Recent Shootings Sparks Firearm Regulation DebateBy Daniel Cherry | Published 24 Jul 2012 07:48pm |
Some leaders in Washington are calling for tighter restrictions on certain types of firearms following the recent mass shootings in Alabama and Colorado. MPB's Daniel Cherry reports how many in Mississippi don't want to see that happen.
Mississippi is the 5th most dangerous state for gun deaths per capita according to a recent study from the Violence Policy Center. Even so, Mississippians, like NRA certified firearm instructor, Wayne Bridges, are opposed to tighter gun regulations.
"It goes back to the Constitutional provision. If you begin restricting one item, you've already restricted the Constitution in and of itself."
The shootings last week, which injured 18 people in Tuscaloosa and 71, killing 12, in Aurora, Colorado, have stirred up new conversations. Both shooters used semi-automatic assault weapons, and some top Democrats in Washington say lawmakers should consider a ban on the weapons. Doug Bowser, President of the Mississippi Firearm Owners Association, doesn't see that as a solution.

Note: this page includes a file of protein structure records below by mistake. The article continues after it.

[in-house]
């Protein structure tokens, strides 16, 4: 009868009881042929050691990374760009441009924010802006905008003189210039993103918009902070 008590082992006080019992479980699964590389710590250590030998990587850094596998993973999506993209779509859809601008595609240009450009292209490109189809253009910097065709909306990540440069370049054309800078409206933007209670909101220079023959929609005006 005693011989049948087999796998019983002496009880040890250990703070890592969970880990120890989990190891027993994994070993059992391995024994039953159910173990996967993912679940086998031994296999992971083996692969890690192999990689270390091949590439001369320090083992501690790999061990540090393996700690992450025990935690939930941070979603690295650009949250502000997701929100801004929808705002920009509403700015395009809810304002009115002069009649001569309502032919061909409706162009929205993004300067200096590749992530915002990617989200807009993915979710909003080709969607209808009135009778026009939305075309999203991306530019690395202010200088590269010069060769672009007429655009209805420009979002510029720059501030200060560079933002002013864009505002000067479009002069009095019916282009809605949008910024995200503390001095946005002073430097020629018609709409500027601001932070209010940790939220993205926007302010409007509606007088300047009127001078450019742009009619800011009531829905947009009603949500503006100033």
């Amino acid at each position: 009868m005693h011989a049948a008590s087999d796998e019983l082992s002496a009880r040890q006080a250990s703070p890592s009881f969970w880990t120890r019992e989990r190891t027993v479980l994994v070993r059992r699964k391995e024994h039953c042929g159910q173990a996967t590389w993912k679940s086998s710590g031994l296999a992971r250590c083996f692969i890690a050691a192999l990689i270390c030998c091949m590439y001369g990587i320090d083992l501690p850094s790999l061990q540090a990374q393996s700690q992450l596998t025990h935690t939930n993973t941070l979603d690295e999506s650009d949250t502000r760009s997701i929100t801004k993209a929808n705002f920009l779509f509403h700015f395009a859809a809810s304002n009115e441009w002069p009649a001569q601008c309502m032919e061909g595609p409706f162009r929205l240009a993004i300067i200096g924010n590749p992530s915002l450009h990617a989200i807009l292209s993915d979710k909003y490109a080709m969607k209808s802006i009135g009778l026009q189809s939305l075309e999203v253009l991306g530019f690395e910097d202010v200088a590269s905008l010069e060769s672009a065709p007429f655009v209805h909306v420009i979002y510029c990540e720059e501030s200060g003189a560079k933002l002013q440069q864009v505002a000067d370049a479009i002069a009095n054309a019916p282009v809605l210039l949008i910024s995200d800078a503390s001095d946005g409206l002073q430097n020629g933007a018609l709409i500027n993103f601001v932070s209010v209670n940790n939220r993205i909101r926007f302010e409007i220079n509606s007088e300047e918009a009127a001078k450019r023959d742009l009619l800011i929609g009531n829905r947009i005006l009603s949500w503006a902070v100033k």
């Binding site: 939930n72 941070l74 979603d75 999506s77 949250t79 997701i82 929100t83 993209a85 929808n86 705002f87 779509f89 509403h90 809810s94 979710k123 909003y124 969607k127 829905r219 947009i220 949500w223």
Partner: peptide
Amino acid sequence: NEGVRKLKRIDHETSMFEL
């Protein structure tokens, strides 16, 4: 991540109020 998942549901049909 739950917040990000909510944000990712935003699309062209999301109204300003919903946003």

"The idea that the assault rifle is that much more deadly than anything else....There are deer hunting rifles that, if a man knows how to operate, they're deadly also."
A federal law, imposing a ten-year ban on such firearms expired in 2004. George Burton of Jackson has a concealed carry permit and doesn't want to see sweeping restrictions on guns.
"With one exception, size of magazines. I don't have any problems with them regulating the size of the magazines the best they can, but, guess what, criminals can get whatever weapon they want."
Many believe, given the unpopularity of gun regulations and a Republican controlled House, it's doubtful Congress will pass any restrictions.
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